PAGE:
426926 Integrated Processes for High Yield Protein Pegylation

Monday, November 9, 2015: 3:55 PM
150D/E (Salt Palace Convention Center)
David Pfister, Department of Chemistry and Applied Biosciences, ETH Zurich, Zurich, Switzerland and Massimo Morbidelli, Institute for Chemical and Bioengineering, ETH Zurich, Zurich, Switzerland

Considering the production cost of therapeutic proteins, post translational modifications, as PEGylation, have to be highly efficient and optimized, not to waste the valuable and highly purified protein to be modified. Because of the multiple conjugation sites often present at the protein surface, PEGylation suffers from limited yield when it comes to selectively target one single degree of PEGylation. Regarding this limitation, the integration of a chromatographic step in the process can bring highly competitive advantages. Ion-exchange chromatography is used as fractionation technique in order to isolate and recycle the unreacted protein from the PEGylated products. This allows operating the reactor with short reaction times so as to minimize the production of multi-PEGylated proteins. That is, the coupling reaction is stopped before the desired product (i.e. the mono-PEGylated protein) can further react, thus leading to limited conversion but high yield. The recycling of the unreacted protein was then considered to drive the protein overall conversion to completion.

In a second part of this work, the integration is pushed at is paroxysm by investigating an on-column PEGylation process. Integrated processes, efficiently combining reaction and separation in a single step are very attractive to perform protein PEGylation at high yield and high conversion. By adsorbing the protein on an ion-exchange media before contacting it with the functionalized PEG solution, this approach has the potential to inhibit the formation of multi-PEGylated species by restricting the coupling reaction to the few accessible sites. After developing the batch on-column PEGylation process, a multicolumn counter-current chromatography set-up was considered to turn the batch on-column PEGylation process to a continuous one. Using the parameters previously estimated in batch mode, the reactive multicolumn countercurrent solvent gradient purification (rMCSGP) process was simulated and the performance of the process assessed. The rMCSGP can potentially improve the throughput, purity and yield for the production of mono-PEGylated protein.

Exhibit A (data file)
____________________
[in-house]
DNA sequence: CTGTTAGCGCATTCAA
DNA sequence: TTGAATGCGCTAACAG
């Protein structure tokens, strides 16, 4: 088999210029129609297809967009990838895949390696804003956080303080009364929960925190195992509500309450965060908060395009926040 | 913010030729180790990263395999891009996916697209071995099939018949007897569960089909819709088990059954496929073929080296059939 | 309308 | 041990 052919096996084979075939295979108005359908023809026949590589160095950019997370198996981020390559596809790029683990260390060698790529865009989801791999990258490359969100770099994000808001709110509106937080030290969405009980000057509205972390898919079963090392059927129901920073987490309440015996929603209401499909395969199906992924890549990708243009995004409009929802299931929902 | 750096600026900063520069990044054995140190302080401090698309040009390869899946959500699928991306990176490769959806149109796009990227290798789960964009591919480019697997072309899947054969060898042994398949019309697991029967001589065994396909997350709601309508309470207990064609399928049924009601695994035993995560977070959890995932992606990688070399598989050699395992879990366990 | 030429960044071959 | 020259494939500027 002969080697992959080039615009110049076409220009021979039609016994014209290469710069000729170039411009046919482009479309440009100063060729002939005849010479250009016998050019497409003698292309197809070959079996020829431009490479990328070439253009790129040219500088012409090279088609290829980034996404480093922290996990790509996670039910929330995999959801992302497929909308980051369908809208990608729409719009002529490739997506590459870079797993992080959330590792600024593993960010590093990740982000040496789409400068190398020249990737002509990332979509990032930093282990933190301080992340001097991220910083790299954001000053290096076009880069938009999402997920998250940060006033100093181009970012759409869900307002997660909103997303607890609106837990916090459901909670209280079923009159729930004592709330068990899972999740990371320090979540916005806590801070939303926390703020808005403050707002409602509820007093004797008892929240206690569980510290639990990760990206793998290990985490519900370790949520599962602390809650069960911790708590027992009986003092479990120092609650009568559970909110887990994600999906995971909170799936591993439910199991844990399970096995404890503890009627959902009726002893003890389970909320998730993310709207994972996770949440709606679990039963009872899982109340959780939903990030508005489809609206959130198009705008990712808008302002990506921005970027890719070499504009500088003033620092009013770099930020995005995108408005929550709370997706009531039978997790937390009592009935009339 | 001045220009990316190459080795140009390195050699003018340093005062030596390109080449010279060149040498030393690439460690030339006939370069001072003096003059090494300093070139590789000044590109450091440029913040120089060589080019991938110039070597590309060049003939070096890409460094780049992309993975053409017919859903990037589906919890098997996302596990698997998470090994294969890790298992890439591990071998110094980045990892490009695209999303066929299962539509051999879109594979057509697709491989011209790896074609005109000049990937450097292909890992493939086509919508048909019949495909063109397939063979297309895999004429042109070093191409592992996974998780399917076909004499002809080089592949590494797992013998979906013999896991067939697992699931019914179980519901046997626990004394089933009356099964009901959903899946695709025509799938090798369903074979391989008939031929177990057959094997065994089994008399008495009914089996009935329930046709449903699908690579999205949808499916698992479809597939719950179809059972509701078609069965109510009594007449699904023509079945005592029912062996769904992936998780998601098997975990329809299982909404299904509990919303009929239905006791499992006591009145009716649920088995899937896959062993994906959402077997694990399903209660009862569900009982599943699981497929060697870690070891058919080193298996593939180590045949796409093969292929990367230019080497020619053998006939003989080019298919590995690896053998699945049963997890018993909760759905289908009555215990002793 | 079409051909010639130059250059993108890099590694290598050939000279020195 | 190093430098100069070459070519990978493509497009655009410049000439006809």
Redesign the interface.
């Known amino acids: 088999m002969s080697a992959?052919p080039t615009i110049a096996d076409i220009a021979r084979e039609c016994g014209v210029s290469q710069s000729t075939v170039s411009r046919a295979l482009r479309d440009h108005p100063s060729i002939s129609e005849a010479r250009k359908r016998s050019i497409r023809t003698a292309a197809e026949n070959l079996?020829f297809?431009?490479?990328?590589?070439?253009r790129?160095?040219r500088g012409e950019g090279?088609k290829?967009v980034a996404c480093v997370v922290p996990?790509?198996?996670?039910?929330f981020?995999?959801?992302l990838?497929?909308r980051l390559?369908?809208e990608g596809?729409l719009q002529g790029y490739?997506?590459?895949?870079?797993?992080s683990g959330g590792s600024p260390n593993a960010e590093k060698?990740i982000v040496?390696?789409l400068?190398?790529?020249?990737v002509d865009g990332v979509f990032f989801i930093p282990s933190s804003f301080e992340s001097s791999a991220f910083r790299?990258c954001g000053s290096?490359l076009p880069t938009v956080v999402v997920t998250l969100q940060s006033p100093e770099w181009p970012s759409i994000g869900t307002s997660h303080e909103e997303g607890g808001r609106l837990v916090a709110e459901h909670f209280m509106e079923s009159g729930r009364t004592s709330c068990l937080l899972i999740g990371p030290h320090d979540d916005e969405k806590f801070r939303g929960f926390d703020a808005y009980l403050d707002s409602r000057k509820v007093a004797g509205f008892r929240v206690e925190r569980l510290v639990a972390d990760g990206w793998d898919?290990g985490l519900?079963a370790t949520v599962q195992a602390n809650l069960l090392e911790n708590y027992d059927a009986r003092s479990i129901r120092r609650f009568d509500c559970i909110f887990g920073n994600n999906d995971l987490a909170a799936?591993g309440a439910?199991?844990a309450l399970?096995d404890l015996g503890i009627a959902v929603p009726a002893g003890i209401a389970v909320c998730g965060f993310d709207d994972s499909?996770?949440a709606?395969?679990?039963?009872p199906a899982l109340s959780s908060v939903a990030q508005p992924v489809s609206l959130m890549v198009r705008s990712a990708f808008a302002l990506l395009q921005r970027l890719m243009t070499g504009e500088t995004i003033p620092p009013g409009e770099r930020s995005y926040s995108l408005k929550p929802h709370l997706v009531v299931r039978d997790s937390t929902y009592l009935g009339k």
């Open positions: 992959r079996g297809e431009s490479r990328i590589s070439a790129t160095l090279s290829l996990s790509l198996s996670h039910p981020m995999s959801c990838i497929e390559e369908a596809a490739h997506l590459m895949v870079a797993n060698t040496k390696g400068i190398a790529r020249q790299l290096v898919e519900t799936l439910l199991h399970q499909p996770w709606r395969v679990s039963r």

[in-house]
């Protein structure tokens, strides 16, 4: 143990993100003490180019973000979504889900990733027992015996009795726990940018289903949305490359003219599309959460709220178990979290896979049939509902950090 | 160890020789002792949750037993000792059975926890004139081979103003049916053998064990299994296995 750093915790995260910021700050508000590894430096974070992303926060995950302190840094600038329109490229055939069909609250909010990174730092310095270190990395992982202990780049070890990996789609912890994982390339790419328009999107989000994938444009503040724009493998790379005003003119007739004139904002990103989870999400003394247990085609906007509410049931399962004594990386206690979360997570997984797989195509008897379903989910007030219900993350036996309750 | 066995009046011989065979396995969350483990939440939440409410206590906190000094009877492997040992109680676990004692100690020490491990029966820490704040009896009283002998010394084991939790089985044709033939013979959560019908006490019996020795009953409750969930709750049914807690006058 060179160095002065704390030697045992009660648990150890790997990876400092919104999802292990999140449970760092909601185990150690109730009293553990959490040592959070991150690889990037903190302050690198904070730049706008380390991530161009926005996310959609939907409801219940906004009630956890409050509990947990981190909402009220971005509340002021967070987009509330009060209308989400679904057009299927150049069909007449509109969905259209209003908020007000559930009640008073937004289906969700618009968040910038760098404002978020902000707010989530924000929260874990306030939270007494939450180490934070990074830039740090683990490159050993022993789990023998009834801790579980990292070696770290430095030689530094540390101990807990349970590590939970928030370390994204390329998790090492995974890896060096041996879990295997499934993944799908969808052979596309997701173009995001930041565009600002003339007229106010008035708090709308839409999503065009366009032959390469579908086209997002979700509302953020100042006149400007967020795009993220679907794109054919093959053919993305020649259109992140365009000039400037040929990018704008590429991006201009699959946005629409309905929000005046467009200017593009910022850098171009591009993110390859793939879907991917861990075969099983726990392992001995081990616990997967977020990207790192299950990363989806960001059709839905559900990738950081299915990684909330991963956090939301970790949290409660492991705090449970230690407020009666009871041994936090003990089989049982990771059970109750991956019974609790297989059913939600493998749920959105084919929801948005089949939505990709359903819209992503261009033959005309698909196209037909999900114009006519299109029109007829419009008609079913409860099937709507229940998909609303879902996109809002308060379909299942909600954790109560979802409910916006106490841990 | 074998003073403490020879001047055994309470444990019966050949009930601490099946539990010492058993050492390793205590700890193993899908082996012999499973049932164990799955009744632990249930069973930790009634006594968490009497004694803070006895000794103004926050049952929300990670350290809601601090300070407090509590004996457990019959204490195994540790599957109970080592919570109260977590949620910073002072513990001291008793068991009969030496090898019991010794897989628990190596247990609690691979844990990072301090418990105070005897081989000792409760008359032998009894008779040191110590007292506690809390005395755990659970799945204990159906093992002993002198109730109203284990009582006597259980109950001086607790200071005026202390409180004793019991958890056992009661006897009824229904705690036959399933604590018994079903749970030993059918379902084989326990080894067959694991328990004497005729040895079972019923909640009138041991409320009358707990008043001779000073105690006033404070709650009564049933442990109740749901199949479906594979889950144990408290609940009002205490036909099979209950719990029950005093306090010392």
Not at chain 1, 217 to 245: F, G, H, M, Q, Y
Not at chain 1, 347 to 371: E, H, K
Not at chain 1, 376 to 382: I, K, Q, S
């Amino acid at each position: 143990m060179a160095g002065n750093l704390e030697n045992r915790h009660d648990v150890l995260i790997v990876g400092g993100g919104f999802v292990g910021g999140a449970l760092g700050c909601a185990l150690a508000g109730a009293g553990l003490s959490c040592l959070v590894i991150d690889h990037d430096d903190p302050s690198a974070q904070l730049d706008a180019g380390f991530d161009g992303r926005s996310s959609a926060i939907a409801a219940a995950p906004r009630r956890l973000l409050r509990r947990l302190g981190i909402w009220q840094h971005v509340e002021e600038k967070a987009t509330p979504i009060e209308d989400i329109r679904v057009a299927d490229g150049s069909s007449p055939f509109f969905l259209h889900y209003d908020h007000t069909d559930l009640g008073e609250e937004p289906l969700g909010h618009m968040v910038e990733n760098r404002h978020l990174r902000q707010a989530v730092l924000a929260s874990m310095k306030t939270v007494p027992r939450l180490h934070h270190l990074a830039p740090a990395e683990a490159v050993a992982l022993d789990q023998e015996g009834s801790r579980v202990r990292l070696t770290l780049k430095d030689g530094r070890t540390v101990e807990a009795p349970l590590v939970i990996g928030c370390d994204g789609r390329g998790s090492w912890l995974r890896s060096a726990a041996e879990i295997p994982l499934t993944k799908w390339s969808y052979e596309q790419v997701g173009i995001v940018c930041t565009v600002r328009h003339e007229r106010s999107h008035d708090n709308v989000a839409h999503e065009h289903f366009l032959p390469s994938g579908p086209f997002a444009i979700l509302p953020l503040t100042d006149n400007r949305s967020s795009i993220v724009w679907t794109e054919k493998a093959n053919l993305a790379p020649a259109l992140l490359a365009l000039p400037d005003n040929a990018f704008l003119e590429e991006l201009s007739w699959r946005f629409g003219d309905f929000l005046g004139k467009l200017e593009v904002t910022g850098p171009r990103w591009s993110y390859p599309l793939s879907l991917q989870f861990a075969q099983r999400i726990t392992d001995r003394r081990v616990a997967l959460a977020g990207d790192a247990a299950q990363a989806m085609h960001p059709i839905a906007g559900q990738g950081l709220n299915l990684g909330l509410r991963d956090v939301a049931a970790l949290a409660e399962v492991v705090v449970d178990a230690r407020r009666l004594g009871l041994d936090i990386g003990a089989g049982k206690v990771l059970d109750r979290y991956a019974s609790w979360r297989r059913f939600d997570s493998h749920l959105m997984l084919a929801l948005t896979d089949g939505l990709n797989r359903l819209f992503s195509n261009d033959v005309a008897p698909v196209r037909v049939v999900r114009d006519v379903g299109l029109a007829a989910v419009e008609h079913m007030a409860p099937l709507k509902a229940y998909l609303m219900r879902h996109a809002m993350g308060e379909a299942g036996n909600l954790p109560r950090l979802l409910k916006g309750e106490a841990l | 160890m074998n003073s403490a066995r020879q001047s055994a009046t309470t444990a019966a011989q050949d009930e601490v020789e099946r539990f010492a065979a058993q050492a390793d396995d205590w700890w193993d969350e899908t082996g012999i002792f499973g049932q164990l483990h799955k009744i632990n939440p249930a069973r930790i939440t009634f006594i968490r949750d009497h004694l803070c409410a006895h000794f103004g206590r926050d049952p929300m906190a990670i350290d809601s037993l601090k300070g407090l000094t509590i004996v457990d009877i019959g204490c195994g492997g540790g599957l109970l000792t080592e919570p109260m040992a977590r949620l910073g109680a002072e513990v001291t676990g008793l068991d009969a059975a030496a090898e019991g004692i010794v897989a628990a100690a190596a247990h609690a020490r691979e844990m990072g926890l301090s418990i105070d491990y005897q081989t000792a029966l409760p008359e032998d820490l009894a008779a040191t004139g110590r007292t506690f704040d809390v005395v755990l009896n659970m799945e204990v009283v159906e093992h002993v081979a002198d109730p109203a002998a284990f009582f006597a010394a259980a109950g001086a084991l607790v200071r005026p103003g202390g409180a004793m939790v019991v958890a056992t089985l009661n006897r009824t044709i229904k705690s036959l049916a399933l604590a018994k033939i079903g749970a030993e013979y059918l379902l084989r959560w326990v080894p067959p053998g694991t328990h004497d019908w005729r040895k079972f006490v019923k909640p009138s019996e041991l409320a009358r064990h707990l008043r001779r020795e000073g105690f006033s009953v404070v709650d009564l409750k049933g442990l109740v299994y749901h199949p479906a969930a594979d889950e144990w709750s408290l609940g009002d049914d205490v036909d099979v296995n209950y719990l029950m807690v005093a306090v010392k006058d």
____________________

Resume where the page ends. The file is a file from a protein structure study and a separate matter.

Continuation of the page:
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See more of this Session: Bioseparations and Downstream Processing
See more of this Group/Topical: Food, Pharmaceutical & Bioengineering Division